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As Maryland emerges from struggles, so does senior guard Richaud Pack

Terps senior guard Richaud Pack has played well in the last two games.
Terps senior guard Richaud Pack has played well in the last two games.(Patrick Semansky, Associated Press)

Richaud Pack started the last part of his five-year college basketball journey by showing those who didn't think he could play at a high-major program how far he had come since his high school years in Detroit.

Over Maryland's first 18 games, the 6-foot-3 guard was one of the team's most productive players, averaging a little more than eight points and four rebounds while becoming a consistently effective defender on the perimeter.

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Early in the season, after fellow senior guard Dez Wells fractured his wrist and freshman guard Melo Trimble was still making the transition to the college game, Pack had one four-game stretch when he averaged 16 points, close to what he did as a junior last season at North Carolina A&T.

"Richaud's been our best player," Maryland coach Mark Turgeon said at the time of the fifth-year senior, who transferred last spring from the Mid-Eastern Athletic Conference school after starting his career at Florida International.

As the Terps struggled through a stretch in January -- winning a pair of narrow victories over Big Ten bottom-feeders Northwestern and Penn State at home while getting blown out at Indiana, Ohio State and Iowa -- Pack did as well.

In that span, Pack missed 19 of 24 shots from the field (including nine of 12 on 3-pointers), went scoreless twice and had just six rebounds, including two games when he didn't have one. His playing time decreased as a result, including a season-low 10-minute stint against Northwestern.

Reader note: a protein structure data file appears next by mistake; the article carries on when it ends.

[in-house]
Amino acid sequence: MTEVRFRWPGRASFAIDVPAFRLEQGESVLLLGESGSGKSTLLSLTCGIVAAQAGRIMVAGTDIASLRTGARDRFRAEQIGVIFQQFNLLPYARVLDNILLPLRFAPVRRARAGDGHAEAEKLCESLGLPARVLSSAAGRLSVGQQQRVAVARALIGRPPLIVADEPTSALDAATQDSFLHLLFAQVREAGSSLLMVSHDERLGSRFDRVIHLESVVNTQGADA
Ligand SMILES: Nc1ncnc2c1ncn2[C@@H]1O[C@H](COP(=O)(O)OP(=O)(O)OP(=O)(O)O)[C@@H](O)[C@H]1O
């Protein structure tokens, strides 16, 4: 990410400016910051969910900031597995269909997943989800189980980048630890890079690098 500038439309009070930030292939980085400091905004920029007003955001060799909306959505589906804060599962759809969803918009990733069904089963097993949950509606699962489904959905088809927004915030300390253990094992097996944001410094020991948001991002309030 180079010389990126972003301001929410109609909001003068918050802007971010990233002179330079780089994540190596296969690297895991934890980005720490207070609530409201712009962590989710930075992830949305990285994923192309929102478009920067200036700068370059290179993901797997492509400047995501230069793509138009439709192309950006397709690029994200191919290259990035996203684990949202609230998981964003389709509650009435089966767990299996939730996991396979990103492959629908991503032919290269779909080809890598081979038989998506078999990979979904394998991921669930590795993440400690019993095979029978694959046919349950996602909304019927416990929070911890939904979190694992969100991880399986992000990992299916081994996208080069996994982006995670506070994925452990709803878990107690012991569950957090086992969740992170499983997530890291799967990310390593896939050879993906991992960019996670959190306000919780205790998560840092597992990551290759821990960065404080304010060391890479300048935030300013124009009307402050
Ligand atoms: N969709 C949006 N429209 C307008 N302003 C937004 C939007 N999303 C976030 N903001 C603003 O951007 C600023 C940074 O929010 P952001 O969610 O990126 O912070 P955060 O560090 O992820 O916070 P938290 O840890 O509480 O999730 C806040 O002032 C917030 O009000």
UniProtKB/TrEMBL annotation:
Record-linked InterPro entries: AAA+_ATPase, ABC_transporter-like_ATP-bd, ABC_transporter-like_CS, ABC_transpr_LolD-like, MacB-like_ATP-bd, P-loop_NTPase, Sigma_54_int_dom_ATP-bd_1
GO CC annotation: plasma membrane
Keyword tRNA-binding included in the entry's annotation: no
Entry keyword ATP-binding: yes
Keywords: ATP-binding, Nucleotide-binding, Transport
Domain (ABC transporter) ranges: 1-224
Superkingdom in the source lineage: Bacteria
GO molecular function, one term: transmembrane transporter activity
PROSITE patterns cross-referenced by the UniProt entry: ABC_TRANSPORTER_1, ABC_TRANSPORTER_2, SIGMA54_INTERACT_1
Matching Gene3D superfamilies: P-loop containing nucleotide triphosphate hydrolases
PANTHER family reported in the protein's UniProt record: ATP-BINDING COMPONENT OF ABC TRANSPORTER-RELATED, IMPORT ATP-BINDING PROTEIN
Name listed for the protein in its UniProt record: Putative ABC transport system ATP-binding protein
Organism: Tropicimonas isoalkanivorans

"It's probably just a mental thing," Pack said before the Penn State game Saturday. "Last game [against Indiana], I felt I took my shots, some didn't go in. I should be taking open shots that should be falling sooner or later, hopefully sooner."

As Maryland seems to have emerged from its funk the past two games, so has Pack.

He scored six points and hit two of his three 3-pointers, while grabbing six rebounds, in 18 minutes of a 68-66 win at home over the Hoosiers. Pack then two of three shots -- all 3-pointers in Saturday's 76-73 win at Penn State. Pack played 30 minutes against the Nittany Lions, his longest stint in 10 games.

"I think we're a much better team when Richaud Pack hits jumpers, Dion Wiley hits shots and Jared Nickens hits shots, we're really hard to guard when they do that," Turgeon said Wednesday before the Terps practiced for Thursday's home game against Nebraska.  "It makes us a pretty good team."

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Pack said last week that the two parts of his game are often connected.

Asked if his defense can get his offense on track, Pack said: "It can, and vice versa. Offense can get defense going ... You can also use different parts of the game to get going."

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